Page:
I went to culinary school and then sommelier training after reading Making of a Chef at the old age of 42. I loved every minute of school but clearly, I am too old to start a career as a chef. And don't give me that line about how you are never too old to do anything, especially if you have never set foot in a professional kitchen in your life. It is a young person's game. If I knew when I was younger what I know now...sigh. Anyhow, my point is that after 21 years as a nurse, I am still trying to figure out how to use my culinary education to do what I love and make a reasonable living. Reading this short piece by my favorite food author has given me some ideas about how to create awesome opportunity of my own. Thanks, Ruhlman!
8 of 8 people found the following review helpful
5.0 out of 5 stars "I never intended to be a food writer" 21 Sept. 2012
By J. Chambers - Published on Amazon.com
Verified Purchase
Author Michael Ruhlman begins this fascinating mini-memoir with the words "I never intended to be a food writer." But a food writer he is, after following a very rocky road to success, being on the verge of bankruptcy several times while struggling to stay afloat and keep his marriage alive.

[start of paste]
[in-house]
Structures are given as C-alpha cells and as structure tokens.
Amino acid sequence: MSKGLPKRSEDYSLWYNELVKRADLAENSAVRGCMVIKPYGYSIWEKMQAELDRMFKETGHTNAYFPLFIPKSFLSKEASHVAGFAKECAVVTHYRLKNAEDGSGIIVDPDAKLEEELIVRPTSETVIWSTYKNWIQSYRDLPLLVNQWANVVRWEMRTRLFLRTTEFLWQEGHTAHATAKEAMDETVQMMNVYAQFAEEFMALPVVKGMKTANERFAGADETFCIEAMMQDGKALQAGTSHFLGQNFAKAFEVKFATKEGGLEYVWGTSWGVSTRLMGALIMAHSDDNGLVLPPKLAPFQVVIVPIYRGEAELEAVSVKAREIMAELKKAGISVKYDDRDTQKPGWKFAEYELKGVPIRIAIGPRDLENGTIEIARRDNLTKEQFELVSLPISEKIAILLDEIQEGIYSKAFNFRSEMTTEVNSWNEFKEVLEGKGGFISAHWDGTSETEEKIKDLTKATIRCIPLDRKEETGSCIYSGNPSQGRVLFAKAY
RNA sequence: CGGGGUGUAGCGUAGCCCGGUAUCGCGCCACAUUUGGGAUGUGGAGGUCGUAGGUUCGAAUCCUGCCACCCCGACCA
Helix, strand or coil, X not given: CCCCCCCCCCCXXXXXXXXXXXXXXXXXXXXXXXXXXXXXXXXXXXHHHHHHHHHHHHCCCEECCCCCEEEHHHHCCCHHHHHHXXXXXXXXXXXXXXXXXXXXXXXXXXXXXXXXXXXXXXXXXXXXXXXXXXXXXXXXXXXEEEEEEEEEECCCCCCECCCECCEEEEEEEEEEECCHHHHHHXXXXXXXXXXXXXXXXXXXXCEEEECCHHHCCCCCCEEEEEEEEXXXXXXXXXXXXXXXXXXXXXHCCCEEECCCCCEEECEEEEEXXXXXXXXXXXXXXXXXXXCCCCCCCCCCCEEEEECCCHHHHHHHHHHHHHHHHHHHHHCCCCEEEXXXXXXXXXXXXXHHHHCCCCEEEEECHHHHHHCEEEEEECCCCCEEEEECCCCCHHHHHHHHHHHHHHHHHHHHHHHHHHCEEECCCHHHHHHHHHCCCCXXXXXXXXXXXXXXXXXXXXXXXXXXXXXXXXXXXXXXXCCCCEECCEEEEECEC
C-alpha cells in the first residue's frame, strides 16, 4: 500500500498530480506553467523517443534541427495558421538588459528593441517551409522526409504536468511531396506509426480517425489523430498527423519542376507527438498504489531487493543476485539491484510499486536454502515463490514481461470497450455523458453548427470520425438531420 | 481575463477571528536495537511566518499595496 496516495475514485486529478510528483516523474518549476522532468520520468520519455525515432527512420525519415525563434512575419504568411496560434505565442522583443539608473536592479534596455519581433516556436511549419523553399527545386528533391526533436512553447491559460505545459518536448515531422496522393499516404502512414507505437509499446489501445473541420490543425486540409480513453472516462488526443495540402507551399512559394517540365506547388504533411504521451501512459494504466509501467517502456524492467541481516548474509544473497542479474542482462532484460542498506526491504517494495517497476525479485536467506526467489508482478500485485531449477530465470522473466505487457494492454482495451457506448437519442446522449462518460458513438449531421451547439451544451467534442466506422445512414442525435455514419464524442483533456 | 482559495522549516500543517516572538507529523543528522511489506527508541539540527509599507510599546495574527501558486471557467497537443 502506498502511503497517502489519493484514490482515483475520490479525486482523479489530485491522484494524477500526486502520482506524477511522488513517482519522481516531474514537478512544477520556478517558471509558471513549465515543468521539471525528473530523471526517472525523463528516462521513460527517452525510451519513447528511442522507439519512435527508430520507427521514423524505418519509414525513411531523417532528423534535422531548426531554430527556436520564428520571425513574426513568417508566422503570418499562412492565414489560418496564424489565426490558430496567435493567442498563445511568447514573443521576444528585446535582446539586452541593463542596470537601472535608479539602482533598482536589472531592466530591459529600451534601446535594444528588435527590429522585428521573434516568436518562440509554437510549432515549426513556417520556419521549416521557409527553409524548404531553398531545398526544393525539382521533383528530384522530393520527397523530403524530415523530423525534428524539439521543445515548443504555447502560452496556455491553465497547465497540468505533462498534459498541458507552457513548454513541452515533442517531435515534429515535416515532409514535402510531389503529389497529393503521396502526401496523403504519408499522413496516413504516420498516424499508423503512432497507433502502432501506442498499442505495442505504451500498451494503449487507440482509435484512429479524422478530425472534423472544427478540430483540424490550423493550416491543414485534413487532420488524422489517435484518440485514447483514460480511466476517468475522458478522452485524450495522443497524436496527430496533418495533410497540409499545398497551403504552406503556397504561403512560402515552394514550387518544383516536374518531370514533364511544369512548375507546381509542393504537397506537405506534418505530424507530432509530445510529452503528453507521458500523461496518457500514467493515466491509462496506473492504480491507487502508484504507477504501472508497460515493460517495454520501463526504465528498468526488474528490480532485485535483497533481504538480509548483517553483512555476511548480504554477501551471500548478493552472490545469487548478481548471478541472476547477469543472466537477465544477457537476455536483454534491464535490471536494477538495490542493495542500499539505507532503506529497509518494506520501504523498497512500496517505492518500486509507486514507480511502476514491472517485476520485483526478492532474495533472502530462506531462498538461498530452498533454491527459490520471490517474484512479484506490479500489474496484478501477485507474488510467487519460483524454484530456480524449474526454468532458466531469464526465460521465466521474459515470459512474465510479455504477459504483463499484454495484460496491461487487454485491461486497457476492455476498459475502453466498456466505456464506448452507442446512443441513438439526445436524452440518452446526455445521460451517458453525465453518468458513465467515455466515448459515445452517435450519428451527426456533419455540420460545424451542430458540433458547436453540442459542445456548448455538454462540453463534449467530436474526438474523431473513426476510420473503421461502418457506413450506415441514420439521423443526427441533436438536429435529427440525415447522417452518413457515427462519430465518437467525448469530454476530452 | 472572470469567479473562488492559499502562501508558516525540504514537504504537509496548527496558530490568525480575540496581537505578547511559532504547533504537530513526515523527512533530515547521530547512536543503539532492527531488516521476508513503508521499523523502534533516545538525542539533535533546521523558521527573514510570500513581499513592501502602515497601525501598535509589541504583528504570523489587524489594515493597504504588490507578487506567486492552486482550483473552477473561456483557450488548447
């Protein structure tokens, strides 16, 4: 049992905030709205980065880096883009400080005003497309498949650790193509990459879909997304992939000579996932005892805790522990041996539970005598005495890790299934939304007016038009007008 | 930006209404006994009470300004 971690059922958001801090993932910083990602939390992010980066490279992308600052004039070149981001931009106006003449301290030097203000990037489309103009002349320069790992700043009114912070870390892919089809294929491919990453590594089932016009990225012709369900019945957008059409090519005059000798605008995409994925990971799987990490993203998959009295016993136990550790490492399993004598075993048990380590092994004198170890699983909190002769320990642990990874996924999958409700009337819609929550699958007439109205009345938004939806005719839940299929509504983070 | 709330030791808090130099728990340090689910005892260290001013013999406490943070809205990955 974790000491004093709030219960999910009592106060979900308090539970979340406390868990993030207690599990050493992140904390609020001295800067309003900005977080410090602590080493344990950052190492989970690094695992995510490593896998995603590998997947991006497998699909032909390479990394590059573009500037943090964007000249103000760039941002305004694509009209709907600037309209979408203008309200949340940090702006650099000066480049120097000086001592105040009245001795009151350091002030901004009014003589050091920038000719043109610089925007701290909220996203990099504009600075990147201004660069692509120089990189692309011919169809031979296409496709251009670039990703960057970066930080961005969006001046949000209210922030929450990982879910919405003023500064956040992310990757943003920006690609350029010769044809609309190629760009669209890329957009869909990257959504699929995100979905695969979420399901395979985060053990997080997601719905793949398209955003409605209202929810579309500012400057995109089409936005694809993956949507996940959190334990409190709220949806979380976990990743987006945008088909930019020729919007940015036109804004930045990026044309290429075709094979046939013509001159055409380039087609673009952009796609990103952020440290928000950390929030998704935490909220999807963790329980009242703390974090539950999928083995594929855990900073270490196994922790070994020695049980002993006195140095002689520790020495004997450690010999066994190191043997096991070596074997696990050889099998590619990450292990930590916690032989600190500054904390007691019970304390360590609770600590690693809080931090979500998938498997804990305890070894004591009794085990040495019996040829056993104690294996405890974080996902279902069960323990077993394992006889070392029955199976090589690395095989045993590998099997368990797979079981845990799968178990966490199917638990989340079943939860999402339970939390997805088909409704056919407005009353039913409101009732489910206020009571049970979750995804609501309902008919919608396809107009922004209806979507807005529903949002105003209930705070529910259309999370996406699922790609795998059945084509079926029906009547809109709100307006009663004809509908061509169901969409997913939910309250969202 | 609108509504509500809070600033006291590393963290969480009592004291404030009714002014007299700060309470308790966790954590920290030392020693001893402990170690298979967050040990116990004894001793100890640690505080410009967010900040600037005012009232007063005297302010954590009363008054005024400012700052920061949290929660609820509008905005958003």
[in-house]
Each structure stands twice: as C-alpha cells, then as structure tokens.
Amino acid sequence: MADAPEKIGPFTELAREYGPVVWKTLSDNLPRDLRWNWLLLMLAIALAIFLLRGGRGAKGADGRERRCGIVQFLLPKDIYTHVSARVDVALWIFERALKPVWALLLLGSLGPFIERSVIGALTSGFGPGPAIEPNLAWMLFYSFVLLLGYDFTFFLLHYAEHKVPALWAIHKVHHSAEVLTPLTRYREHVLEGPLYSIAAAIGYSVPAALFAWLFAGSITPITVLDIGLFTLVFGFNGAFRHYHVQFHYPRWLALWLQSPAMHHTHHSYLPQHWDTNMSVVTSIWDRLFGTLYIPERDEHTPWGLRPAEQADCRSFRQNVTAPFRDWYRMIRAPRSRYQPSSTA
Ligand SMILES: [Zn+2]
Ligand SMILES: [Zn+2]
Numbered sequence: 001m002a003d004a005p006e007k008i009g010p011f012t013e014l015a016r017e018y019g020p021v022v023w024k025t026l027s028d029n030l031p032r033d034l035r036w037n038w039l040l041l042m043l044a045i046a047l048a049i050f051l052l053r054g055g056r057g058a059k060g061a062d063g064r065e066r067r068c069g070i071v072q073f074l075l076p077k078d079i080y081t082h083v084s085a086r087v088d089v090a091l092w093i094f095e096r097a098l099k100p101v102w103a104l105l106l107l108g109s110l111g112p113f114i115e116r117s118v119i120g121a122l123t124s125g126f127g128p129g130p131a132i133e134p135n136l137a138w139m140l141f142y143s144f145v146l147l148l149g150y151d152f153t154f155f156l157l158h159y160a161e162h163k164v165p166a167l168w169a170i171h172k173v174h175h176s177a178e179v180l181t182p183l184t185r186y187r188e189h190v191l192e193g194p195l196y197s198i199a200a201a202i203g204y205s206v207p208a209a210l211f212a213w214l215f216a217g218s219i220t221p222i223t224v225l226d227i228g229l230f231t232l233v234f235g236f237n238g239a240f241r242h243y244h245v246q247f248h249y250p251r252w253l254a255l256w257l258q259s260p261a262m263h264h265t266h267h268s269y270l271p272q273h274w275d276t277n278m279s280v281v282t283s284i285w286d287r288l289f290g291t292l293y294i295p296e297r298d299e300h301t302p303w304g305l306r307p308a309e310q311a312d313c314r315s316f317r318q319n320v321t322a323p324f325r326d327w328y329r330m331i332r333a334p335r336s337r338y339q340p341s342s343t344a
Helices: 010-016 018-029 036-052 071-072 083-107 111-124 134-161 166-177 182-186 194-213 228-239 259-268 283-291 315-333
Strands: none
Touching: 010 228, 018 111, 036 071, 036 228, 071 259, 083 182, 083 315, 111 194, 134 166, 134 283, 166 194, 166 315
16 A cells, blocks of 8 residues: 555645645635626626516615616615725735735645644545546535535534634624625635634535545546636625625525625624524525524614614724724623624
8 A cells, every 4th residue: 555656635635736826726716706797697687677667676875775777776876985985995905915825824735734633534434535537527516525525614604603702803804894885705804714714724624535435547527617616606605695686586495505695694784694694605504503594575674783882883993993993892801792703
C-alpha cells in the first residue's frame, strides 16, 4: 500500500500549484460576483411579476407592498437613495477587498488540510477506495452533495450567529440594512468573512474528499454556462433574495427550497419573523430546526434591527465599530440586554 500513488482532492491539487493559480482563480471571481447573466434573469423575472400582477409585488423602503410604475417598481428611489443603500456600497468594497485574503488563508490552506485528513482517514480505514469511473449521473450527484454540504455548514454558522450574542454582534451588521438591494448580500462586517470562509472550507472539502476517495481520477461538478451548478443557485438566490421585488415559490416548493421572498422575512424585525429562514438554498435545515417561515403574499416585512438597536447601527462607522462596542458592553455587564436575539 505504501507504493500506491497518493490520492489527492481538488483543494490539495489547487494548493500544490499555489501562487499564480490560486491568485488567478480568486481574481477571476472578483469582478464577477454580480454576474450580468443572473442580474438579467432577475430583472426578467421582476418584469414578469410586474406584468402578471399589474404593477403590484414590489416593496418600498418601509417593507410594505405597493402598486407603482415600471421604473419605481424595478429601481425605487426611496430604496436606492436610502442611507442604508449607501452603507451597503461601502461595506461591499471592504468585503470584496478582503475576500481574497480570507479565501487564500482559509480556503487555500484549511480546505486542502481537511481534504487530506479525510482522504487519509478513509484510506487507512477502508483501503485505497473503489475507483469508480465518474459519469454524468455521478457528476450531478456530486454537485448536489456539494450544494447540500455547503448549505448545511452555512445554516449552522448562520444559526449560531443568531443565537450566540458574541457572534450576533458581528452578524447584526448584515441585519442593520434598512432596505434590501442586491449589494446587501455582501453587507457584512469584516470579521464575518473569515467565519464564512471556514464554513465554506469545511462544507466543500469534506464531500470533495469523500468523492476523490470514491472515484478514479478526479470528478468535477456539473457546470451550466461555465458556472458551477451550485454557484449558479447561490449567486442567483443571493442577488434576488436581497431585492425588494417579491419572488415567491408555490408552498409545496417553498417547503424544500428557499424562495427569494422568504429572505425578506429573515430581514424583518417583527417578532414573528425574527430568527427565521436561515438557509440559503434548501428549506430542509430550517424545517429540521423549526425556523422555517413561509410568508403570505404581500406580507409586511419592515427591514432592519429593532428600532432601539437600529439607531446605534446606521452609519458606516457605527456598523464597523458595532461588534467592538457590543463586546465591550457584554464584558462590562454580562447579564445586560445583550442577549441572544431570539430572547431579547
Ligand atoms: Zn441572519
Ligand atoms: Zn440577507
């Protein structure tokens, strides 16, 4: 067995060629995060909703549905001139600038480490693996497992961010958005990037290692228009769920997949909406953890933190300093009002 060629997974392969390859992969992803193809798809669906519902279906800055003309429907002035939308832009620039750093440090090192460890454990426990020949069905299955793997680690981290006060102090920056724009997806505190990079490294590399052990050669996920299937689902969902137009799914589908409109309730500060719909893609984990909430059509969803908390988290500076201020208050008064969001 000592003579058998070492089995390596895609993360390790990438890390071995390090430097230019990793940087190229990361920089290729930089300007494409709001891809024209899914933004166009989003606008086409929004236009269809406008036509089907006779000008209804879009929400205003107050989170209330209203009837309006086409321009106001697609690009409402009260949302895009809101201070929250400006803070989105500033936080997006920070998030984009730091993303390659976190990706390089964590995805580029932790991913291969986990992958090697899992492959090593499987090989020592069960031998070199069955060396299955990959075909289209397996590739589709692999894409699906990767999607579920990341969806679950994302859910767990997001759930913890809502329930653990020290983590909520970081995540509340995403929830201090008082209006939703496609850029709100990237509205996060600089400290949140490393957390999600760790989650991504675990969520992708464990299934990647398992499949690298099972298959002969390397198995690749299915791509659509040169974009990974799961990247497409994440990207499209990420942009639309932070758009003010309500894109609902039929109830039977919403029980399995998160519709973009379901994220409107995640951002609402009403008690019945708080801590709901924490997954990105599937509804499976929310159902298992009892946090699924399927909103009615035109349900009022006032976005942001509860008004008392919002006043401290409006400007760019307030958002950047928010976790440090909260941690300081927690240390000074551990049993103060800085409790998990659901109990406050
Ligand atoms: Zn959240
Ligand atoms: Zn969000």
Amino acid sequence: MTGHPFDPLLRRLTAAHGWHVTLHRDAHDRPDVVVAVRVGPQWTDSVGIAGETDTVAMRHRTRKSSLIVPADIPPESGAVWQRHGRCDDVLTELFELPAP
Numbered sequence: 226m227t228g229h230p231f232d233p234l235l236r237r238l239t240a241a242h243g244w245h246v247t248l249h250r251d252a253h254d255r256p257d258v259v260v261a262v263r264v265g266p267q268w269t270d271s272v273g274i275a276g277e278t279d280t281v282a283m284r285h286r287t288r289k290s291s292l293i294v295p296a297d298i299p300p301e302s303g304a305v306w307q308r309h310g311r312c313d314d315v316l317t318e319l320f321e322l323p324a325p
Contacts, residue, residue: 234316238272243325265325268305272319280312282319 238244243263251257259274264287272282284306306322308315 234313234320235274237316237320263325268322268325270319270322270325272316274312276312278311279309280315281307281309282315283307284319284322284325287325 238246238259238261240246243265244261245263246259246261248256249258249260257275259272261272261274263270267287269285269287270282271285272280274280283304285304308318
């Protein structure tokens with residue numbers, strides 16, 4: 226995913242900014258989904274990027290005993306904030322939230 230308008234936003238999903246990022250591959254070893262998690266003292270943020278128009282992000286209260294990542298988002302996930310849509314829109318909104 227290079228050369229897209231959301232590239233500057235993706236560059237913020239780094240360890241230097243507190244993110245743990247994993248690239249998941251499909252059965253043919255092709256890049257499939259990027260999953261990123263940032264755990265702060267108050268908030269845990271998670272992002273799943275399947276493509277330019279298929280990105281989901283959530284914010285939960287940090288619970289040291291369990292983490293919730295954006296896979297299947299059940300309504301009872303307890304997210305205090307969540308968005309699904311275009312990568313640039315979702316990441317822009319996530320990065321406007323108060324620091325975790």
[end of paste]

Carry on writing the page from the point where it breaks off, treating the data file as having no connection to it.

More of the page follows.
Today it's hard to remember when Food Network, the Cooking Channel, and cooking shows all across cable TV weren't so wildly popular. But Ruhlman began his writing career before all this, when it wasn't so easy to sell another cooking show on TV, much less a book about cooking. Trying to get permission to attend the Culinary Institute of America school in New York, and his harrowing drives through winter blizzards to get there were excruciatingly painful. Fortunately for all the foodies out there, he persevered and made it, with first The Making of a Chef (the CIA book that began as a book about cooking and morphed into the story of what you had to know to become a chef), followed by The French Laundry Cookbook, about cooking at a famous Napa Valley restaurant.

Along the way, Ruhlman left intriguing little tidbits about his life:

* At Duke University, in a writing course under celebrated author Reynolds Price, he learned about the key to home security systems (and no, I can't repeat it here!).

* As a 16-year-old, food had everything to do with losing his virginity.

* The part of a tuna you absolutely don't want to eat.

Today, with more than a dozen books about food to his credit, Ruhlman is at the top of his game, one of the best known food writers in the world, and it's hard to believe that he never intended to be a food writer.